No. 155, Oct. 22, 2020
Hello Revelator readers,
As U.S. states look to decarbonize, can they help solve their energy problems without driving other kinds of environmental harm? That's at the center of a debate about whether hydroelectricity imported from big dams in Canada should be a part of the solution.
Millions of birds migrate in fall, and their journeys are made more dangerous by invisible barriers we've constructed: glass windows. An ecologist at Canada's York University engaged school officials in a solution. Here's how she did it.
American environmentalism's racist roots have shaped global thinking about conservation, with dire consequences that persist today. Social scientist Prakash Kashwan explains how to help correct this legacy.
Fossil fuel companies aren't the only ones pushing delay and denial on climate action. Energy policy expert Leah Stokes has uncovered another group that's been quietly throwing up speed bumps for decades.
Subscriber bonus: The Wild 5
Here are five more stories we're watching this week.
1. "Wave of Lawsuits Coming Over Pendley's BLM Decisions" (E&E News)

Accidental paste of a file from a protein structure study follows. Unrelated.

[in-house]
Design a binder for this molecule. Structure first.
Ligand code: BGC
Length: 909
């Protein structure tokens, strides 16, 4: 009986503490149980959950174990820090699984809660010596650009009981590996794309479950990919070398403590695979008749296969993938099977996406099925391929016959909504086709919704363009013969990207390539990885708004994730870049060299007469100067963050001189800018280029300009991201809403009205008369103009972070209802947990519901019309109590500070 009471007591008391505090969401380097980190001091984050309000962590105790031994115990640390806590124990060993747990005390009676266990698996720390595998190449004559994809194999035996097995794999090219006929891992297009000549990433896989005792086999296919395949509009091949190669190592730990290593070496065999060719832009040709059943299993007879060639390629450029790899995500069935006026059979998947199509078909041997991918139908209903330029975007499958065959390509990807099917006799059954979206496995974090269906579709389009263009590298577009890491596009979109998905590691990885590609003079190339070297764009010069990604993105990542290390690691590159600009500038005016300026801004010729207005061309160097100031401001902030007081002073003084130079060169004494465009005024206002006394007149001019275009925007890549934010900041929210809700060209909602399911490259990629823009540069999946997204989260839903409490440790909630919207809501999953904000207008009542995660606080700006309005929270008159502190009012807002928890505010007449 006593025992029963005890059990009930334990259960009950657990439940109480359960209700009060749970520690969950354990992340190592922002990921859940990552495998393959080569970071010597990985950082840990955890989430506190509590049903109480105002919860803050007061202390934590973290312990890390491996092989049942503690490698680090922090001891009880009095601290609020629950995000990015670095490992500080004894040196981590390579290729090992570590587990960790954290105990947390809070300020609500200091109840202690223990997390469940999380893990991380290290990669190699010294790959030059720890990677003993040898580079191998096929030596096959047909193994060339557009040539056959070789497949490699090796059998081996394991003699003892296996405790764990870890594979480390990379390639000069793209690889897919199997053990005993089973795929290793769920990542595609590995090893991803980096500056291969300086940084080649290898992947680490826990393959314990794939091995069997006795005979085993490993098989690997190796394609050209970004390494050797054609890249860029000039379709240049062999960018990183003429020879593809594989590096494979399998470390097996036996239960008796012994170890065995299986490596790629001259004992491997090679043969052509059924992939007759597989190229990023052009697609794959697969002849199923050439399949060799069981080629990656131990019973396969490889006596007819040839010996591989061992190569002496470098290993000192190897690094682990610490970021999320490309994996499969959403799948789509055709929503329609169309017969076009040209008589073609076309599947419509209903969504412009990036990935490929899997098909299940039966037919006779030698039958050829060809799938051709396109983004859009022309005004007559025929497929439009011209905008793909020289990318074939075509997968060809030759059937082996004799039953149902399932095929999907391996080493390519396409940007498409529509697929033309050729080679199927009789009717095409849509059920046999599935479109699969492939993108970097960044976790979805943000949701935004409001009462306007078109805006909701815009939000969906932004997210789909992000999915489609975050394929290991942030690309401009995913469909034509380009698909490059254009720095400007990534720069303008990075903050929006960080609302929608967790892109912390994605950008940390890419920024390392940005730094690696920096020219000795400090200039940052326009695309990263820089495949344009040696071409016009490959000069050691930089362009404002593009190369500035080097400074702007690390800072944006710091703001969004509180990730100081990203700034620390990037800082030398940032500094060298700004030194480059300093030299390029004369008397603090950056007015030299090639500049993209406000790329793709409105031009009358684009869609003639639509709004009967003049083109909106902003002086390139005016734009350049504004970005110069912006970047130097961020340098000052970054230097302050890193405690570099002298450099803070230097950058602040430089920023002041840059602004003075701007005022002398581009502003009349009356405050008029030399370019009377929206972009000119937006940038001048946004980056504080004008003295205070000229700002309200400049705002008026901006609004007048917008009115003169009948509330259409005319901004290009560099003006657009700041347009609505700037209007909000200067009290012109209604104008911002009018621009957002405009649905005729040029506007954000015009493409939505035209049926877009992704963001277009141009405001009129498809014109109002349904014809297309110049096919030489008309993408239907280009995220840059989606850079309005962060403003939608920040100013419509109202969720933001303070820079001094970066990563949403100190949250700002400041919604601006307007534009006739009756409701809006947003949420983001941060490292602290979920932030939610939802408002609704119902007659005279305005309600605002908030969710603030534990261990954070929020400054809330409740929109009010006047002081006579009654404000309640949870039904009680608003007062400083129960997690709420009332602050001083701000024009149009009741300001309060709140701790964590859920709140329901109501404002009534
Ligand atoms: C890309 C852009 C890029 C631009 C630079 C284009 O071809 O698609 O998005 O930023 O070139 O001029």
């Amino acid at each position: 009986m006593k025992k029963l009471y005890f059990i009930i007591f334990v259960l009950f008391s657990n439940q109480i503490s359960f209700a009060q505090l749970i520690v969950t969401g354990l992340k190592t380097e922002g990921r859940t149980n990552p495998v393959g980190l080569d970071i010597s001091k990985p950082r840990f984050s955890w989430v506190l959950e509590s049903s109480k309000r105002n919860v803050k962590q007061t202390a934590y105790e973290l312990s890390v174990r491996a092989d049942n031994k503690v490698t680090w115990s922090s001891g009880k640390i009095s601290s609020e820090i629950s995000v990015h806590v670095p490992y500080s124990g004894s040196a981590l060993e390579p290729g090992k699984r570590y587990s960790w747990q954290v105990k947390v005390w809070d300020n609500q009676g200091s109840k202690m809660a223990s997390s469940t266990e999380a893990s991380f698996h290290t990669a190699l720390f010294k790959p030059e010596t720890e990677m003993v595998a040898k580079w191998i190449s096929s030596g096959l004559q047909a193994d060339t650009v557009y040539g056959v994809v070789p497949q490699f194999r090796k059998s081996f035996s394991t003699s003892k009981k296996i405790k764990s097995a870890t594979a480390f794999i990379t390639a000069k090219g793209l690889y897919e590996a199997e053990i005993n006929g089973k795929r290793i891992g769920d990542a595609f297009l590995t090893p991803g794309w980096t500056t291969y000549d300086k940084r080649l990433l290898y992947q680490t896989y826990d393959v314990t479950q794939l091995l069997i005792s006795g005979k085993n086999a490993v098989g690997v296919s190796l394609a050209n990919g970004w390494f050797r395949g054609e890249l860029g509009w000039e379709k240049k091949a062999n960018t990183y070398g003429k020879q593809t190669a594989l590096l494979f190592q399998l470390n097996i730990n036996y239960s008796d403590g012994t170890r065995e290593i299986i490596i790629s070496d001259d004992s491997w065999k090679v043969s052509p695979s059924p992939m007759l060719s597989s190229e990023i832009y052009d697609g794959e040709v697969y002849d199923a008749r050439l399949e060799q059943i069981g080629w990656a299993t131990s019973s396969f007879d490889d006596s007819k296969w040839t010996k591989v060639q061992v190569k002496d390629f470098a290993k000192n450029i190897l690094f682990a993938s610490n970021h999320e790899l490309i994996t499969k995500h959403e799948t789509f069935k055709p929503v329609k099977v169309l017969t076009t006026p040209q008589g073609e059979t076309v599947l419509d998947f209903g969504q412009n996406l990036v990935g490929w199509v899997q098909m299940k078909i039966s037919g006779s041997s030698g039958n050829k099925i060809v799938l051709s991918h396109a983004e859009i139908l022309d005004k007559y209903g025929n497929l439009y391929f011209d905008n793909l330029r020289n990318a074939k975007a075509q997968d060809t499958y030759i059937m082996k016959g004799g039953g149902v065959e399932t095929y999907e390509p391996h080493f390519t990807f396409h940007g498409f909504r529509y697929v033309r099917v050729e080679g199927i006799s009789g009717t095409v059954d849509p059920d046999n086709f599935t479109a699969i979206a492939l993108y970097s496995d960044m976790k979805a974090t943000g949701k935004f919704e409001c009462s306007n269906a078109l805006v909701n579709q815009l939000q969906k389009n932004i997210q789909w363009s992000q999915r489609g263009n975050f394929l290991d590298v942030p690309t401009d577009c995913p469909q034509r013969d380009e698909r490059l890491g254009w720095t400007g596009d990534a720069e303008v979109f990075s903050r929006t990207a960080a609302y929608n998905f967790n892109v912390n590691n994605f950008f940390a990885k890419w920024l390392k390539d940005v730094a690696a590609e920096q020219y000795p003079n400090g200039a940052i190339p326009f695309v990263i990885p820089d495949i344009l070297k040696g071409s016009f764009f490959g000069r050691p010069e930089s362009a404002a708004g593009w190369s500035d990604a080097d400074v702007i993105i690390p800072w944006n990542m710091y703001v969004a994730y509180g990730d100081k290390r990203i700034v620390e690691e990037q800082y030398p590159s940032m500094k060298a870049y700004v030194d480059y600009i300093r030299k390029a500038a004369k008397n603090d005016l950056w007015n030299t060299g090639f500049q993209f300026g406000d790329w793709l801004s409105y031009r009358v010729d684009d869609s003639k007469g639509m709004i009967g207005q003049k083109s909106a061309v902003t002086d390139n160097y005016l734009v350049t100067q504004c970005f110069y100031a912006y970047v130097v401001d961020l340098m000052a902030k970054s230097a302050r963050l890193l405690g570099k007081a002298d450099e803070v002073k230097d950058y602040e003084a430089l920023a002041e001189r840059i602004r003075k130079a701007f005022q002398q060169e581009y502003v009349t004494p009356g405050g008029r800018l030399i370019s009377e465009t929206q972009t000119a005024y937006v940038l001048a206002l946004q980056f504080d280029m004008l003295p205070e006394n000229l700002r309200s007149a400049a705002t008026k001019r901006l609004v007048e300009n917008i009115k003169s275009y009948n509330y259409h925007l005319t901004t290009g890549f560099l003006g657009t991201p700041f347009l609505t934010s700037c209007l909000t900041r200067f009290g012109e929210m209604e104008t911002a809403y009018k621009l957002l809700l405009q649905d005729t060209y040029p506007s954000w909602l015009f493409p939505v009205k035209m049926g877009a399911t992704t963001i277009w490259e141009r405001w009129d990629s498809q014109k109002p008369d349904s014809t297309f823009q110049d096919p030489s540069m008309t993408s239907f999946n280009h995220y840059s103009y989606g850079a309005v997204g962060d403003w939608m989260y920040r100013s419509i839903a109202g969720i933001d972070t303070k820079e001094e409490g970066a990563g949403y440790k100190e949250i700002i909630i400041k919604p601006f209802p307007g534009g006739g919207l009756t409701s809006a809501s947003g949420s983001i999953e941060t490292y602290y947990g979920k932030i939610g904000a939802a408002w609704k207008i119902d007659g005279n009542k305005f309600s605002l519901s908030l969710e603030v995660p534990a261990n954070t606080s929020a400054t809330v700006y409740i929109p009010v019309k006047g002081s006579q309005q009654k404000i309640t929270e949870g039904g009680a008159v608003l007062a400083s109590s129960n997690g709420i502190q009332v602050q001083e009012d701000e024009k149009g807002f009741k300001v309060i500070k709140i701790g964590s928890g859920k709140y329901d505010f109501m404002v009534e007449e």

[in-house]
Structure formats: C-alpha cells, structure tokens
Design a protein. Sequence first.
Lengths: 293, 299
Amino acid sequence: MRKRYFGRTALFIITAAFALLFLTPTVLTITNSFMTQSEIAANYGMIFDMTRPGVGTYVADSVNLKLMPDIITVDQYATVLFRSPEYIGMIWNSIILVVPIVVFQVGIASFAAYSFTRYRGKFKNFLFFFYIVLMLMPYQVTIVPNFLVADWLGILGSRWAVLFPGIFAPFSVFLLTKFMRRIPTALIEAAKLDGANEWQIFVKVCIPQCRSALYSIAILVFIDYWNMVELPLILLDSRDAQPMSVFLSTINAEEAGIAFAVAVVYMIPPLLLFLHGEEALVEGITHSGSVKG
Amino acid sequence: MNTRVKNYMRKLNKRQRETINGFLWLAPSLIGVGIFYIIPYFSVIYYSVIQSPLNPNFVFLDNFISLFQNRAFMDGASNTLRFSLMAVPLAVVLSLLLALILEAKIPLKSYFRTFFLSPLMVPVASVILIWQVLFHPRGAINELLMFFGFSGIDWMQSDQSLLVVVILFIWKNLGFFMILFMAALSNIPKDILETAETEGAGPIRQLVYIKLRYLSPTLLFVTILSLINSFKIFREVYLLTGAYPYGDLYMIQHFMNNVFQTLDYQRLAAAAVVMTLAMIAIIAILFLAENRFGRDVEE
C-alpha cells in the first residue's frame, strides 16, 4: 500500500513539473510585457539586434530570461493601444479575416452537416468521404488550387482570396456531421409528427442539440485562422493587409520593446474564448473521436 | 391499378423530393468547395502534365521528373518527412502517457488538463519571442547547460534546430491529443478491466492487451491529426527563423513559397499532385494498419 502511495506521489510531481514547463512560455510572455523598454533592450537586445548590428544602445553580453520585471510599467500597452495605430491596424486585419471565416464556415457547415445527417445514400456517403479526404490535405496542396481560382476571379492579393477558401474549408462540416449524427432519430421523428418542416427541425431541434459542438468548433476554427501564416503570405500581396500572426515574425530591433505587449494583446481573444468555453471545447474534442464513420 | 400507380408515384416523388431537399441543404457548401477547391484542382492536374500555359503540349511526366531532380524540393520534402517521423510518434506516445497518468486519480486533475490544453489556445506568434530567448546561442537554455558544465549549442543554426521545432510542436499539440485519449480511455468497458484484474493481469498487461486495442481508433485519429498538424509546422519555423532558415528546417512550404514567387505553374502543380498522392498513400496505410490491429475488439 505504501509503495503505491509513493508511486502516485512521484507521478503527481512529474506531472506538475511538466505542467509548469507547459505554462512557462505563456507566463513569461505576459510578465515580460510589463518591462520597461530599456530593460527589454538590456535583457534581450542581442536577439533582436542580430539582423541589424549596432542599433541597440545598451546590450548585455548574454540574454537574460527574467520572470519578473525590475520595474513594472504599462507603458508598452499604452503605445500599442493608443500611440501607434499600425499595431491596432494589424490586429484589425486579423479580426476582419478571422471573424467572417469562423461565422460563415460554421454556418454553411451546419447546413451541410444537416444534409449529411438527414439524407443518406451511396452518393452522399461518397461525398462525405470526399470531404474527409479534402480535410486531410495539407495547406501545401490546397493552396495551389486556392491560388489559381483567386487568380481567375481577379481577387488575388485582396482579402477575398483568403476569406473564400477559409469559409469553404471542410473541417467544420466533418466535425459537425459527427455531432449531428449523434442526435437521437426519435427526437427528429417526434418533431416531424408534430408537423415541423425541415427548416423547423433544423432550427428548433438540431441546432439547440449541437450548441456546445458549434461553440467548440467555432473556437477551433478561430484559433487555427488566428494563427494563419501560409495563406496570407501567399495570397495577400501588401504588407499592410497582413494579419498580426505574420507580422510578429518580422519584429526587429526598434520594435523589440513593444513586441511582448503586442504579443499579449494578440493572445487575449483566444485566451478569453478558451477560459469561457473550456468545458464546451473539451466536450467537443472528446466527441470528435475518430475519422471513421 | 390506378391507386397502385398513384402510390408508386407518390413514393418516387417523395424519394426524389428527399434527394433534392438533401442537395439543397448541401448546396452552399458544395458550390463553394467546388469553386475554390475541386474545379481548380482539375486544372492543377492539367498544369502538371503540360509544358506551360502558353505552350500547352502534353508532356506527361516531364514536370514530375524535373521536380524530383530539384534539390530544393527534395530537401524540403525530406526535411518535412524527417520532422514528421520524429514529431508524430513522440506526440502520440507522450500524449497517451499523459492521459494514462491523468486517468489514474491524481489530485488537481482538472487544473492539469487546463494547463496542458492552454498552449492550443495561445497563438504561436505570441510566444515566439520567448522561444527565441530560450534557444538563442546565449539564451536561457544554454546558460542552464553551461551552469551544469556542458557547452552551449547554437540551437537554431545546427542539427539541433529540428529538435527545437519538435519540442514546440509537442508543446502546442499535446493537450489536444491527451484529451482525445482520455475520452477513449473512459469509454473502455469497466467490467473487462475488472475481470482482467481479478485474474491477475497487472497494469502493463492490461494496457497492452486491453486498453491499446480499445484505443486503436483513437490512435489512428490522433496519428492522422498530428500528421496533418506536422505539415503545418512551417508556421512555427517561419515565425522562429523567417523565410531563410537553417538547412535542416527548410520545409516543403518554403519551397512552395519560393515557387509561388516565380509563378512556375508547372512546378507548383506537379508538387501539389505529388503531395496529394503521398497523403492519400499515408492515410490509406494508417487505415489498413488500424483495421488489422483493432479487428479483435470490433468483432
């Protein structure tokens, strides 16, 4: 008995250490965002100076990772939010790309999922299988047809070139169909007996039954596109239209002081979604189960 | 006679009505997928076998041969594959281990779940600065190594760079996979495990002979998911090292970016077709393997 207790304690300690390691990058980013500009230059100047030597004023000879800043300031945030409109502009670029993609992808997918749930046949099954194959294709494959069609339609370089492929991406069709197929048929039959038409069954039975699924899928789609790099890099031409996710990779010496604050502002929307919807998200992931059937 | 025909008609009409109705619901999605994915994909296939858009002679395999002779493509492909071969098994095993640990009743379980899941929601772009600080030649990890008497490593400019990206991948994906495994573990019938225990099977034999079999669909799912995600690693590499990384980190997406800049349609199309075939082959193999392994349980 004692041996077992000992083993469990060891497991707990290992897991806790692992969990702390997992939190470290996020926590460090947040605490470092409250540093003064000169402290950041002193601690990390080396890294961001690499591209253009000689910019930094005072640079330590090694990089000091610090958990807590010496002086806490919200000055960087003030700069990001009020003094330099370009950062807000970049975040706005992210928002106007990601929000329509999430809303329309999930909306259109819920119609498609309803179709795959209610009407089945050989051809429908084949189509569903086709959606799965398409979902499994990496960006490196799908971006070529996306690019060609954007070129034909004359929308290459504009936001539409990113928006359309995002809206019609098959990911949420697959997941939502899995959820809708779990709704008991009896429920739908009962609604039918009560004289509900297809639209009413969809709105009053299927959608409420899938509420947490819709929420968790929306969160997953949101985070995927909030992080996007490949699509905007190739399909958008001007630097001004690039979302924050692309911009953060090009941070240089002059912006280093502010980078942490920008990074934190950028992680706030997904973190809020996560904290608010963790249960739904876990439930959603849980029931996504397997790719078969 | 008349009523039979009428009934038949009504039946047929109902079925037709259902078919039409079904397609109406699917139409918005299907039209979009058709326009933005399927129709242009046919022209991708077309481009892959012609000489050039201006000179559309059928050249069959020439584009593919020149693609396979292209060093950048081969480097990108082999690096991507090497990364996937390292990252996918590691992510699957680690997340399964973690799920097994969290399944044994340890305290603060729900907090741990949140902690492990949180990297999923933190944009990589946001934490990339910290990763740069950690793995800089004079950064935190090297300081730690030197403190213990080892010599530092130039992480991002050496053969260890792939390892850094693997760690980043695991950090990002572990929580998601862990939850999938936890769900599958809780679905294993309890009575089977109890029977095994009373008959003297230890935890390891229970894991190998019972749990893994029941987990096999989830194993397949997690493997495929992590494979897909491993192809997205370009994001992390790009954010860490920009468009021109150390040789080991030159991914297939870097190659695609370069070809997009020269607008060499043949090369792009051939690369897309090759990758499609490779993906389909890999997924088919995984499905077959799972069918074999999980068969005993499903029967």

2. "Exxon Spends Millions on Facebook to Keep the Fossil Fuel Industry Alive" (In These Times)
3. "Crisis in the Galápagos: Chinese Fishing Fleets and COVID-19 Threaten a Natural Wonder" (Los Angeles Times)
4. "Why We Need to Build Batteries Better" (Energy Monitor)
5. "Dying Birds and the Fires: Scientists Work to Unravel a Great Mystery" (The Guardian)
What should we cover next?
Our stories rely on insight from experts, frontline activists and readers around the world — especially these days, when so much damage is being done behind the scenes, out of the public eye. We want to hear from you, so please drop us a line anytime.
In searching for climate solutions, have you checked your clothes closet? We'll explain next week why you should.
Look for our latest links in next Thursday's newsletter — or follow us on Twitter and Facebook for headlines as they go live.
As always, thank you for reading — and stay safe.